This was our first observation using the Faulkes telescope and would have gone well had the pesky weather not acted up. As such we were only able to observe for about 45 minutes, effectively capturing about half of the transit that we were attempting and none of the pretty pictures.
Despite that, however, I think getting together was a success. We started the night with some brief information on Faulkes itself as well as a (very) brief overview of exoplanets and how we go about detecting them. We then went over the Faulkes simulator tutorial so that we could begin promptly trying to capture the transit. Our observation time began at 19:00 HST and the transit was set to ingress at 19:10, so it was important we capture as much as we could as soon as the telescope opened up. Cameron took the controls and did a great job of staying on top of the button pushing. Since we weren't changing any settings in between observations, it would be nice to be able to say we want X amount of images at these settings and then not have to worry about it, but as is we just need to keep watching for when one exposure is done and then hit 'Make Observation' over again.
We had a little initial confusion over the amount of time it would take and we were counting on getting 156 images at 30-second exposure in the ~80 minutes of transit. However, we had forgotten that it takes 2*exposure time to capture an image (just as long to move off CCD as to put on CCD) so we ended up with effectively half of that.
So, after eating some pizza and hanging around hoping the weather would turn, we decided to try and generate the light curve with the FITS images that were available to us. LCOGT.net provides the following SalsaJ tutorial, so we gathered in the astronomy lab and went through the steps on the projector. Essentially, this boils down to getting the light intensity for our target star and some comparison stars and then entering them into a provided spreadsheet. Again, since we were running through the tutorial for the first time, there was some confusion about how to set the Star's Radius and Sky Radius, so we ended up just using the 'Auto' feature provided by SalsaJ. This turned out to be a a not-so-great idea and in follow-ups we did manually set the radii so they were consistent across all images and photometric readings. Also, it turns out the spreadsheet is just taking Target Intensity / Comparison Intensity but recommends using the average of a couple of different comparison stars, which was also done in the follow-ups.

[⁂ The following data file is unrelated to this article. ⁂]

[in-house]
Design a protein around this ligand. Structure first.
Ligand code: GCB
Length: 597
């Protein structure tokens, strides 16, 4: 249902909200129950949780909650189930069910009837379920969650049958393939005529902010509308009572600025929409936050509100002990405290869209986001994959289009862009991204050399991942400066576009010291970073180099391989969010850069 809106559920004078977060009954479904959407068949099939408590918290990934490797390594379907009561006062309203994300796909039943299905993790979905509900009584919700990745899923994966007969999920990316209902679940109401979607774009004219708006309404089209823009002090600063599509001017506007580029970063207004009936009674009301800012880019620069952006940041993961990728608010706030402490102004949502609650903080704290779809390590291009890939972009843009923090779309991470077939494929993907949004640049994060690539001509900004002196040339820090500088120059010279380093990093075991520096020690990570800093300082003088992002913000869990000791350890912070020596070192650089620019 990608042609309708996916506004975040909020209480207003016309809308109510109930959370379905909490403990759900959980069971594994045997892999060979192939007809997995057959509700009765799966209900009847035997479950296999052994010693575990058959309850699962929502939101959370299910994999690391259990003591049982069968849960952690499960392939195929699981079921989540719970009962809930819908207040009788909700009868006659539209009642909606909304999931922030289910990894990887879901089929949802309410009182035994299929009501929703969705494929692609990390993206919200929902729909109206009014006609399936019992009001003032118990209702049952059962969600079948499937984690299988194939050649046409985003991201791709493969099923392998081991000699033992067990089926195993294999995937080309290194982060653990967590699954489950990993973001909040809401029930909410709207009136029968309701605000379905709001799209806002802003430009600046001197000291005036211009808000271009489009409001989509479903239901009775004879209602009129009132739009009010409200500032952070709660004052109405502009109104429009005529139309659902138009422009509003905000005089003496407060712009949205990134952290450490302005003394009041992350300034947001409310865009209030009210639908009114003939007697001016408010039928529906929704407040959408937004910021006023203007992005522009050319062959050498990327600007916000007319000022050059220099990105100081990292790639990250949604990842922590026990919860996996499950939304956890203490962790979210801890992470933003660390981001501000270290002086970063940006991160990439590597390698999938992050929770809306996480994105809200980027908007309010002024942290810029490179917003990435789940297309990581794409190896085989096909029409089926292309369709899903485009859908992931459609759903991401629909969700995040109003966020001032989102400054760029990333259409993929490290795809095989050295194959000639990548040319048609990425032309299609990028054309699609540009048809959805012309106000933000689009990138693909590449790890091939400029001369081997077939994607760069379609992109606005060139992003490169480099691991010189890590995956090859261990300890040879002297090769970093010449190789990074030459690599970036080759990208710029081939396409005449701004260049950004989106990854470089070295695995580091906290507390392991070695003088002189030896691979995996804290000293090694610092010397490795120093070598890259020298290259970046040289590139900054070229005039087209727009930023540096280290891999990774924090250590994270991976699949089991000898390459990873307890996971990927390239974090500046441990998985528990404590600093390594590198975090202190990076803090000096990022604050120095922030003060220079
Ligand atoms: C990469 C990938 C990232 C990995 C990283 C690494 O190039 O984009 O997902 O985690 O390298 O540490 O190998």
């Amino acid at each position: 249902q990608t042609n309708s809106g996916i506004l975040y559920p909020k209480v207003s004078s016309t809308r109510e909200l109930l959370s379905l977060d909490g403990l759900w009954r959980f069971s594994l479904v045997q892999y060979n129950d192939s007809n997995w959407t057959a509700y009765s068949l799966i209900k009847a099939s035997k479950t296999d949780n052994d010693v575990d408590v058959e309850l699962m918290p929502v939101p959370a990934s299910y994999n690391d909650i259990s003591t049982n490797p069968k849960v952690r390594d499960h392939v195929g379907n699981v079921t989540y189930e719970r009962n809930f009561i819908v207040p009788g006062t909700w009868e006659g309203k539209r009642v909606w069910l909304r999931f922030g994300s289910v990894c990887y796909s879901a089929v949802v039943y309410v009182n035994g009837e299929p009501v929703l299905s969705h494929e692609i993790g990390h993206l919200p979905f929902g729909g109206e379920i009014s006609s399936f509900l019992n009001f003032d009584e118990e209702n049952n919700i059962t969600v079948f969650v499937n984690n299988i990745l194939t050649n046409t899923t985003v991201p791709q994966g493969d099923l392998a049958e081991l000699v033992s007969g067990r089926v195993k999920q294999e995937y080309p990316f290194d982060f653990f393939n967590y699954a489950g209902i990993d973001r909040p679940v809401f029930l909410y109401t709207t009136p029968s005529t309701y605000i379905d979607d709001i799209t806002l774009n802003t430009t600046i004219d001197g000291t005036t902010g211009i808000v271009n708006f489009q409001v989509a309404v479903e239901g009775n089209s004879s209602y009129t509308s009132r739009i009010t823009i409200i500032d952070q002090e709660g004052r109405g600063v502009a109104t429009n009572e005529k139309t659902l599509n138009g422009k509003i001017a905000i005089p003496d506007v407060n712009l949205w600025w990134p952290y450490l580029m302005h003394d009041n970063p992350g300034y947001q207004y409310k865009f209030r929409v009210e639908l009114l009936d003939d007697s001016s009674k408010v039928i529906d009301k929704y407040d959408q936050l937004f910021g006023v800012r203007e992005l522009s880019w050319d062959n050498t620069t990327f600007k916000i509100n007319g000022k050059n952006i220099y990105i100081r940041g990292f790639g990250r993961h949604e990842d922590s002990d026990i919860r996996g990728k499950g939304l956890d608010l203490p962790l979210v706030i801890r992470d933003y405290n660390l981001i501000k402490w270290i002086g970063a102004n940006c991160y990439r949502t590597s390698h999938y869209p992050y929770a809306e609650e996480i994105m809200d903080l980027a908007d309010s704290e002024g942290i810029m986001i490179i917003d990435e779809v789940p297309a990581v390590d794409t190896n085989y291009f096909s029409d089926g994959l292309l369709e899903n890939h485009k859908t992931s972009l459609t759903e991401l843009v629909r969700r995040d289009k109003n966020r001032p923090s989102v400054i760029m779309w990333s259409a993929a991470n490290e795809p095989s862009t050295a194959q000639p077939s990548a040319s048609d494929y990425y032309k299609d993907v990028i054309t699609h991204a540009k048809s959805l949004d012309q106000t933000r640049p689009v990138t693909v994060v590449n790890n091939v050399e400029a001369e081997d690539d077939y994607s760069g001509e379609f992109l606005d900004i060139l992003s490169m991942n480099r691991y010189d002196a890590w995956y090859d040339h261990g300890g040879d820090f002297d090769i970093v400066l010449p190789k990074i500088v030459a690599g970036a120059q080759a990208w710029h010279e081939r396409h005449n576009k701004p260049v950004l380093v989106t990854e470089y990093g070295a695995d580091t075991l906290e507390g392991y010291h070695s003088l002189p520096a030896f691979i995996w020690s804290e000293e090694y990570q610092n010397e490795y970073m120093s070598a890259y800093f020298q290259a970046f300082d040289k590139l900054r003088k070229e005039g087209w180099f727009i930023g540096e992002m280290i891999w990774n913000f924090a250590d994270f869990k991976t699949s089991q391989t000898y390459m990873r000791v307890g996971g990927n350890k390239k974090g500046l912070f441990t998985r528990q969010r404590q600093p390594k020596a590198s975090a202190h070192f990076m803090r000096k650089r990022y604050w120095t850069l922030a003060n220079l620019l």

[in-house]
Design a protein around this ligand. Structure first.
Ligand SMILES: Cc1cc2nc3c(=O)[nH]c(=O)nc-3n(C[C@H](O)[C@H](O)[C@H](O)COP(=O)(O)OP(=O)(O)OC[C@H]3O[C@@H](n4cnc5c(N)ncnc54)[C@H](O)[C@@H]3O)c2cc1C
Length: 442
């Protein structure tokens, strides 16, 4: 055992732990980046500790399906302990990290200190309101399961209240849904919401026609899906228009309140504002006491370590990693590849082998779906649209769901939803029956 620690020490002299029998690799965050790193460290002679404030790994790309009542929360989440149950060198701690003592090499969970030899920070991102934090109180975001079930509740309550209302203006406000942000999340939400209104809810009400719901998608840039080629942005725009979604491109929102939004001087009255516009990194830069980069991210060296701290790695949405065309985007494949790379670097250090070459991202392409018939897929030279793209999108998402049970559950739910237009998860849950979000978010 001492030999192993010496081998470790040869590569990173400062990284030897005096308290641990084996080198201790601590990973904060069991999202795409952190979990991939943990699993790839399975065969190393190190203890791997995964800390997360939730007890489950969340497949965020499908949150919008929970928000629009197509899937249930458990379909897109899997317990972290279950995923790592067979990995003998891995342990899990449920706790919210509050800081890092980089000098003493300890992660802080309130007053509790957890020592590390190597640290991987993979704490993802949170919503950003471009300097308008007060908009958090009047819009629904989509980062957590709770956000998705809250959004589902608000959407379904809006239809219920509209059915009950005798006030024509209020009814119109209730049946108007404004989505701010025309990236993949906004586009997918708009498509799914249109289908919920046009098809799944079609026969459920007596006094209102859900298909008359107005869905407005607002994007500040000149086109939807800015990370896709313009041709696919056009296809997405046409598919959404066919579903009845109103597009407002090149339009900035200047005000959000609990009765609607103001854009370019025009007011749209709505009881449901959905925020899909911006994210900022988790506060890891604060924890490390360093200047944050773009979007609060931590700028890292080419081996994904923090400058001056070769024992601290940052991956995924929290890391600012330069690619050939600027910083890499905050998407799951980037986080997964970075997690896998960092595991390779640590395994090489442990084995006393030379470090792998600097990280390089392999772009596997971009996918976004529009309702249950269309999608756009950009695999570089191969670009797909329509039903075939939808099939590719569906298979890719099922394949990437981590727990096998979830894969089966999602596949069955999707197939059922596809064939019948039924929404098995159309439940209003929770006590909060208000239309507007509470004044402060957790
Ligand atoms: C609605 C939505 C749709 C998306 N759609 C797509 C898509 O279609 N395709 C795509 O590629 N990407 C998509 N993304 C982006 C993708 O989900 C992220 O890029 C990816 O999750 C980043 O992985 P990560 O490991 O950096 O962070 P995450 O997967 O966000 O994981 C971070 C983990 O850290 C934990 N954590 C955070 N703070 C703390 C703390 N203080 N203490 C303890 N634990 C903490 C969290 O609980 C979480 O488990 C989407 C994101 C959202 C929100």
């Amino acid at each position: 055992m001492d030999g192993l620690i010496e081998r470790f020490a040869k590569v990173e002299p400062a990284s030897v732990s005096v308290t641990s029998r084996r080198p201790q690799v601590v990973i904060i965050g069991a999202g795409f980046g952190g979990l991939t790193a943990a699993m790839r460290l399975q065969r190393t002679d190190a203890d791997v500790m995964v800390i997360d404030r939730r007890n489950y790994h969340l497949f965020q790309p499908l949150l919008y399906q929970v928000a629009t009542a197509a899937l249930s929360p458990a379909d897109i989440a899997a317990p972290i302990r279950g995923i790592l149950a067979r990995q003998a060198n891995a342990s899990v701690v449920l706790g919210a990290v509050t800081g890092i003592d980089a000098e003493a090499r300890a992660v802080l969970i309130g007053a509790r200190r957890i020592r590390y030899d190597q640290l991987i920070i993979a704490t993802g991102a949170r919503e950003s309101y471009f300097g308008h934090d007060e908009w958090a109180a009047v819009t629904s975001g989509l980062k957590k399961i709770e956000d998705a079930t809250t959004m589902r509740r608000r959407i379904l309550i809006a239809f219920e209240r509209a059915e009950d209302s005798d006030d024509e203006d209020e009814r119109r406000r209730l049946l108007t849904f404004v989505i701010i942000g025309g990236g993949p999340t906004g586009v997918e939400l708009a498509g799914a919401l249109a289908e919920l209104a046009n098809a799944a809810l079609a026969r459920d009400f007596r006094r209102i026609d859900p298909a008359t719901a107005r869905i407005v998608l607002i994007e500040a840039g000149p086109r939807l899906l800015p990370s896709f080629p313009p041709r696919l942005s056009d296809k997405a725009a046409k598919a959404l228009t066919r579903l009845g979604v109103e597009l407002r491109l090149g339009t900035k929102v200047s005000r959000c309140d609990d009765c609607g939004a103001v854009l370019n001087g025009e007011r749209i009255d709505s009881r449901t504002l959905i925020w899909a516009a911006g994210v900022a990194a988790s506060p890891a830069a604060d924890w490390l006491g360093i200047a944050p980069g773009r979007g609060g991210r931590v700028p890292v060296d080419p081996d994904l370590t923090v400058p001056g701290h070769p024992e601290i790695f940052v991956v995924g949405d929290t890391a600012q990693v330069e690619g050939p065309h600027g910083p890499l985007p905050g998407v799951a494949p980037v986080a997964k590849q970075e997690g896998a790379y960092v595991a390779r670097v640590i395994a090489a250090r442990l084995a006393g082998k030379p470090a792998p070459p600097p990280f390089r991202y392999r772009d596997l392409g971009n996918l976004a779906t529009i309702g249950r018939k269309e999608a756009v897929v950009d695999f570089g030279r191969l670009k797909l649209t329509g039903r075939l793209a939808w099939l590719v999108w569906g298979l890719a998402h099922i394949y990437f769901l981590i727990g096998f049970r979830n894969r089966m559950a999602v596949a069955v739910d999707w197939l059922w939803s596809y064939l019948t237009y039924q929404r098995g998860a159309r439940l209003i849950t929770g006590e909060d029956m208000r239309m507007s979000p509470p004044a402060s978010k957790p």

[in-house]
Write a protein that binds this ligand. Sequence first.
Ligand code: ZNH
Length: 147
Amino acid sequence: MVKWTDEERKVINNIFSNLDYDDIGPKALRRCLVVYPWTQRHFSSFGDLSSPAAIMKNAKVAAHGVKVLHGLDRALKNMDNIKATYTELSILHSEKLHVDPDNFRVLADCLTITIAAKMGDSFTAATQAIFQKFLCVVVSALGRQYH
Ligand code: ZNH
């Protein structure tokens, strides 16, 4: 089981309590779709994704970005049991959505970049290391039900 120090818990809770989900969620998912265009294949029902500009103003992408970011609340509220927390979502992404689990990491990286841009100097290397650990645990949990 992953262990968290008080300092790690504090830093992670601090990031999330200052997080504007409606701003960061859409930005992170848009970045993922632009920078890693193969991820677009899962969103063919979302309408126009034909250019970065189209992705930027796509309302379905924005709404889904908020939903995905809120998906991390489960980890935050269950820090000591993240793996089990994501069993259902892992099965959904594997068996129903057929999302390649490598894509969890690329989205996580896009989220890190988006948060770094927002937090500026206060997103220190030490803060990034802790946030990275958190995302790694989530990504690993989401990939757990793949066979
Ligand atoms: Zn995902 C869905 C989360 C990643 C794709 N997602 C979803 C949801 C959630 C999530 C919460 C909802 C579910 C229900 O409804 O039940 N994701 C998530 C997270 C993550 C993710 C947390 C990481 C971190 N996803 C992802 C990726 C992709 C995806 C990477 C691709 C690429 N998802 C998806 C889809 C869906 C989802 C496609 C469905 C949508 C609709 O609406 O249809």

But, in the end, we have half a light curve, as seen on the right (these were generated from the follow-up, so they include the proper radii and three different comparison stars). For the sake of a pretty graph and full light curve, we took the highly unscientific method of doubling and reversing our data, which gives us the full light curve seen in the Extrapolated graph. Check out the spreadsheet for the values and the calculations (Extrapolated Data is on the second sheet).
We have a number of observation dates set throughout November and will be trying to capture the transit of KOI 1459-b, which is an unconfirmed exoplanet. For those observations we will be doing a more official write-up which will include how we went about selecting filters, exposure times, and overall methods as well as the follow up science to all those fun FITS files.
Thanks to Cameron, Callie, Alex, André, Derek, Ethan, Krystal and Wilfred for showing up!